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Giving a Hand to Zinc Finger Transfection

A cartoon of zinc fingers overlaid on a human hand.

Zinc fingers are a class of DNA-binding proteins that were so named “because they contained zinc and gripped or grasped DNA” as linear, repeating units like fingers on a hand.1 The canonical Cys2His2 type of zinc finger domain is characterized by an antiparallel ß-sheet linked to an α-helix. Amino acid residues on the α-helix (commonly denoted as position -1, 1, 2, 3, 5 and 6) are known to confer binding specificity to three to four bases of DNA.2,3 Each ~30 amino-acid-long finger can be linked in tandem with other fingers to bind longer sequences of DNA, or with other proteins such as nucleases and activation/repression domains to modulate gene expression upon binding.

These handy proteins are highly abundant, comprising an estimated 3% of genes in the human genome.1 Zinc fingers are also the most frequently occurring DNA-binding domain observed in human transcription factors.4 Their potential for targeting any DNA sequence coupled with their small size and natural occurrence make zinc finger proteins an attractive gene therapy modality. Despite a firm understanding of single-finger design principles and the development of user-friendly prediction tools (see ZF Tools,5 for example), multi-finger design remains challenging because DNA binding specificity and affinity can be greatly affected by the presence of adjacent fingers. In this SNiP, Ichikawa et al. applied machine learning in hopes of developing a proverbial ‘Zinc Finger Rosetta Stone’ for designing zinc fingers capable of targeting any genomic sequence.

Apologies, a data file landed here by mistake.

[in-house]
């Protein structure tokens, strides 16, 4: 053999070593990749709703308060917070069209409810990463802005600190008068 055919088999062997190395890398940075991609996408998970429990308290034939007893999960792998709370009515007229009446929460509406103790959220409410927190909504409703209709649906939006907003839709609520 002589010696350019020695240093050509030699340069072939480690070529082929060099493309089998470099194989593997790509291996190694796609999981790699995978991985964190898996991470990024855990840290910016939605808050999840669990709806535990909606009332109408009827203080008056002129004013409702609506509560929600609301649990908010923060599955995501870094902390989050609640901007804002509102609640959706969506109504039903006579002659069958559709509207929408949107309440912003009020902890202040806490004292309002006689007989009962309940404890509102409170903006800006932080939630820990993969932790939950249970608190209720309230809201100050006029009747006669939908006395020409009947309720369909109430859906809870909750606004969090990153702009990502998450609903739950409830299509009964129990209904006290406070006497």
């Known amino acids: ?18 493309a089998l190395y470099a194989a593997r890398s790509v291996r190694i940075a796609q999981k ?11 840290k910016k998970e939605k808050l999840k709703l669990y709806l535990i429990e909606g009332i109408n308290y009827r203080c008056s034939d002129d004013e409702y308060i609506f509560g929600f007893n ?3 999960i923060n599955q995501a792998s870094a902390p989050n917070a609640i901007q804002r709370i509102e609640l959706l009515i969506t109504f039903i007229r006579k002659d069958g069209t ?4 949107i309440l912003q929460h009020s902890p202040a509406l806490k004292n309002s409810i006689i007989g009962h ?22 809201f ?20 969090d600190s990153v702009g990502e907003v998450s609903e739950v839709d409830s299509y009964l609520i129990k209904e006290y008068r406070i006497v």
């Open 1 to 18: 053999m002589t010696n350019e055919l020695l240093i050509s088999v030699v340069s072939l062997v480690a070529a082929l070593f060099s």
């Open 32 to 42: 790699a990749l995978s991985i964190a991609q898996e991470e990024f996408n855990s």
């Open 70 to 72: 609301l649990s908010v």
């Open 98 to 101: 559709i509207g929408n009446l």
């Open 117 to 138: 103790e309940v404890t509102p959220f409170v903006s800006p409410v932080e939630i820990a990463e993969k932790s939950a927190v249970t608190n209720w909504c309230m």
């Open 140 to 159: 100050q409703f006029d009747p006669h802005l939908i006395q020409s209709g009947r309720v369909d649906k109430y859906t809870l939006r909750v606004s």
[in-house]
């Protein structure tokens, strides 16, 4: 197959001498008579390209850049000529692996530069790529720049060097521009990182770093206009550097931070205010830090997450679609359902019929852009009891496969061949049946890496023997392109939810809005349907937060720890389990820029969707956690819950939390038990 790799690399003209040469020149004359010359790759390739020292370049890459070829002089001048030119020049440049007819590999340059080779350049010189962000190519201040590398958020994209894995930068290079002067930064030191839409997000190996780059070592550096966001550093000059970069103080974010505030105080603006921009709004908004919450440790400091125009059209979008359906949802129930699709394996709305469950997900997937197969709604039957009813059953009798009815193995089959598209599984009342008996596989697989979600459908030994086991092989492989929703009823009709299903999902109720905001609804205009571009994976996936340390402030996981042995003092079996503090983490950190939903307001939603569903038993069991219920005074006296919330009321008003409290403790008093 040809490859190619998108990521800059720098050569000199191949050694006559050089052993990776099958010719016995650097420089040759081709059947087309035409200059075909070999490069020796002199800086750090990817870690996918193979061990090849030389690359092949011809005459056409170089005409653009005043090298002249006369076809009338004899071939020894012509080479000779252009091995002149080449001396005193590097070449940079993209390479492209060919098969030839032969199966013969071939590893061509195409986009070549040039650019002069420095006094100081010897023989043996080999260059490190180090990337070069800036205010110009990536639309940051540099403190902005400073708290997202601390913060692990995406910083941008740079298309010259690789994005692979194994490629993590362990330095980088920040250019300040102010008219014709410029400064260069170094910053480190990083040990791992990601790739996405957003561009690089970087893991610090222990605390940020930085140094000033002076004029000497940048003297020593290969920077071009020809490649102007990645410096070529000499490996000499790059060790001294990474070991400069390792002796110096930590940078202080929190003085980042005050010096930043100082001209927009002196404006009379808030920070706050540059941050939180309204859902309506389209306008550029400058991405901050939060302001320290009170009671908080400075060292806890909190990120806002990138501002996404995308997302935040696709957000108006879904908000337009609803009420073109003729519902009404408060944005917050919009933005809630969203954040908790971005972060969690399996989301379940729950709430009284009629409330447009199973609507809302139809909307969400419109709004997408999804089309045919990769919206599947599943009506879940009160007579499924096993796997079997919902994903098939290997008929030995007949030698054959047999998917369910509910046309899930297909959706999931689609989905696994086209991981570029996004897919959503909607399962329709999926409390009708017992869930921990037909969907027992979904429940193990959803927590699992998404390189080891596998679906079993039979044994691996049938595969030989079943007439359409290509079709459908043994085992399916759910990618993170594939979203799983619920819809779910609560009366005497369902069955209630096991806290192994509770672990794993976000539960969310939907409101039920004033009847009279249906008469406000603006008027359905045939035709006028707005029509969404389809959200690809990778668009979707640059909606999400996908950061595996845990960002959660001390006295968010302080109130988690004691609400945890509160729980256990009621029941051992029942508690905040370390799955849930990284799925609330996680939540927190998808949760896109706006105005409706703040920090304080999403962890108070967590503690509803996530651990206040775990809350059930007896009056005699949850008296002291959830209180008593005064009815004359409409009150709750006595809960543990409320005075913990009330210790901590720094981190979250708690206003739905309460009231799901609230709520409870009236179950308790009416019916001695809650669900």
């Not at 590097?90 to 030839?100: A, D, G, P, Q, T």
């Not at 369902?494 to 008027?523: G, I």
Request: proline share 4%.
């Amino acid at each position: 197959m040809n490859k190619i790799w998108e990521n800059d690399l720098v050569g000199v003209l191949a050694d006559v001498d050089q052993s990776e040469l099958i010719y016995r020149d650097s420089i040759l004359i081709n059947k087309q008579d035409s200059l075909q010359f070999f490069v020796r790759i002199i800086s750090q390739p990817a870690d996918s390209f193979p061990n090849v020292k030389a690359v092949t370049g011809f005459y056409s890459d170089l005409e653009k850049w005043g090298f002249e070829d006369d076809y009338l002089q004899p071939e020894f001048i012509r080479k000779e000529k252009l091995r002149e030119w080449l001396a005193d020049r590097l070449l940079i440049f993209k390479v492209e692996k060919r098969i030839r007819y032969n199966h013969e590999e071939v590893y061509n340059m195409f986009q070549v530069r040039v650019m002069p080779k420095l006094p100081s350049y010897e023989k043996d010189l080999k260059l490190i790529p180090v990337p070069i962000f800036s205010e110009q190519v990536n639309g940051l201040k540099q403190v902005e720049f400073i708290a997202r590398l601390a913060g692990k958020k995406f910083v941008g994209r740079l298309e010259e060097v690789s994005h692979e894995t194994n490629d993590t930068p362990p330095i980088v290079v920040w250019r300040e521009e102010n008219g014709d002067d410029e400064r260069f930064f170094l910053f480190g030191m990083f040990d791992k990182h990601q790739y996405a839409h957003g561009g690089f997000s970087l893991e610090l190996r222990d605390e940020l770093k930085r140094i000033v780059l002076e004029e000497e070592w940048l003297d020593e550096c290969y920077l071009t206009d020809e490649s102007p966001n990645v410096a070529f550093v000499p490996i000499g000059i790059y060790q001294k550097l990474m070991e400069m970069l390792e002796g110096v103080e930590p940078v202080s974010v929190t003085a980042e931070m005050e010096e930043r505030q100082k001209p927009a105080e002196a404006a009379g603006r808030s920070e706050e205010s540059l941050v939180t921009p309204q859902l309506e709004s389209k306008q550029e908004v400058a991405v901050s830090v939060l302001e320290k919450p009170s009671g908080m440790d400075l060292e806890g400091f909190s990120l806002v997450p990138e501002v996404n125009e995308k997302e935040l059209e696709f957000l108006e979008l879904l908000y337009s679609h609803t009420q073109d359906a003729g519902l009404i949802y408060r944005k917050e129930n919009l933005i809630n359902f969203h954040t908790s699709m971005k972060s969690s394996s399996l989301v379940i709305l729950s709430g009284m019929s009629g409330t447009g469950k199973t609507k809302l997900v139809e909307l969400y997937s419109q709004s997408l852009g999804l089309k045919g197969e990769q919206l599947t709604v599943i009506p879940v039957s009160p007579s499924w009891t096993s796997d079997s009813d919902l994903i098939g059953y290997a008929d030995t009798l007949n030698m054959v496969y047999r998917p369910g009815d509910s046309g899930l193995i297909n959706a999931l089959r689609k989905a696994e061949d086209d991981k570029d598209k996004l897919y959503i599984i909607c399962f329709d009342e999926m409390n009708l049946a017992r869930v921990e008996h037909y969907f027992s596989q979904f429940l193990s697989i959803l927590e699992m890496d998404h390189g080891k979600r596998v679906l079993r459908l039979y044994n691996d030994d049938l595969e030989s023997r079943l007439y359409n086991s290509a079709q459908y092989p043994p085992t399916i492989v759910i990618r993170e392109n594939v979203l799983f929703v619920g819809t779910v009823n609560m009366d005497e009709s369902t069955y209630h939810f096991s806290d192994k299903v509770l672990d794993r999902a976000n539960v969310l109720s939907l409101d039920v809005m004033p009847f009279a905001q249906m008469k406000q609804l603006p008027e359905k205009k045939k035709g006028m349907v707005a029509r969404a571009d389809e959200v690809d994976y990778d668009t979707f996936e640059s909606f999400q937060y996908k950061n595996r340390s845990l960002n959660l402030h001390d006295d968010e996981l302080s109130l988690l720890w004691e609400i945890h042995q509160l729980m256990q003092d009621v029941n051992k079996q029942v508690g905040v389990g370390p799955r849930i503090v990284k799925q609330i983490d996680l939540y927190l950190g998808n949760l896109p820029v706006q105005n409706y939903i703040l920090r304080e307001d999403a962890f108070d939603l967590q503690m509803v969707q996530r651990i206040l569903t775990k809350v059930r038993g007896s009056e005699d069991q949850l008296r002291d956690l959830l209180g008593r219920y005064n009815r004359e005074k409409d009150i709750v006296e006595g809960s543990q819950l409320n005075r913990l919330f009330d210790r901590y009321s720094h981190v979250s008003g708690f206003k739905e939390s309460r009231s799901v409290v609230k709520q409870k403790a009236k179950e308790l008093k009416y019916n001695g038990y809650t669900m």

Rather than trying to capture the binding preferences of all possible permutations of multiple zinc fingers in tandem–which would be technically impossible with current technology considering each finger could be modified at six helical positions with 20 amino acids–Ichikawa et al. used an elegant strategy that focused on examining the impact of the zinc finger to zinc finger interface on DNA binding. Initial training was performed on data from 10 three-finger libraries where the six helical residues of two fingers was held constant, but that of the C-terminal third finger was completely randomized. Each library was screened 12 times against the complete 64 possible NNN DNA sequence targets. The final model incorporated data from an additional 200 two-finger libraries, screened against 6-bp targets! Read the publication to see how the resultant “ZFDesign” model performed for creating sequence-specific zinc finger nucleases, activators and repressors.



Title: A universal deep-learning model for zinc finger design enables transcription factor reprogramming
Authors: David D. M. Ichikawa, Osama Abdin et al.
Journal: Nature Biotechnology, Preprint, 26 Jan 2023.
DOI: 10.1038/s41587-022-01624-4
Product Usage: Transcriptional activator KLF6 was “reprogrammed” with six zinc fingers that were predicted by ZFDesign to bind a tetO reporter sequence. A plasmid encoding this reprogrammed transcription factor was transfected into a HEK 293T reporter cell line using TransIT®-LT1 Transfection Reagent.


Query our Citations Database to discover more ways TransIT® transfection propels zinc finger research.


  1. A. Klug, Quarterly Reviews of Biophysics (2010).
    DOI: 10.1017/S0033583510000089
  2. Pavletich, N. P. and Pabo, C. O., Science (1991).
    DOI: 10.1126/science.2028256
  3. L. Fairall, et al.Nature (1993).
    DOI: 10.1038/366483a0
  4. Lambert, S. A., et al.Cell (2018).
    DOI: 10.1016/j.cell.2018.01.029
  5. Mandell, J. G. and Barbas, C. F., Nucleic Aids Research (2006).
    DOI: 10.1093/nar/gkl209

Explore Related Info & Links

  • Learn more about TransIT®-LT1 here
  • SNiP – From AAV to TAZ

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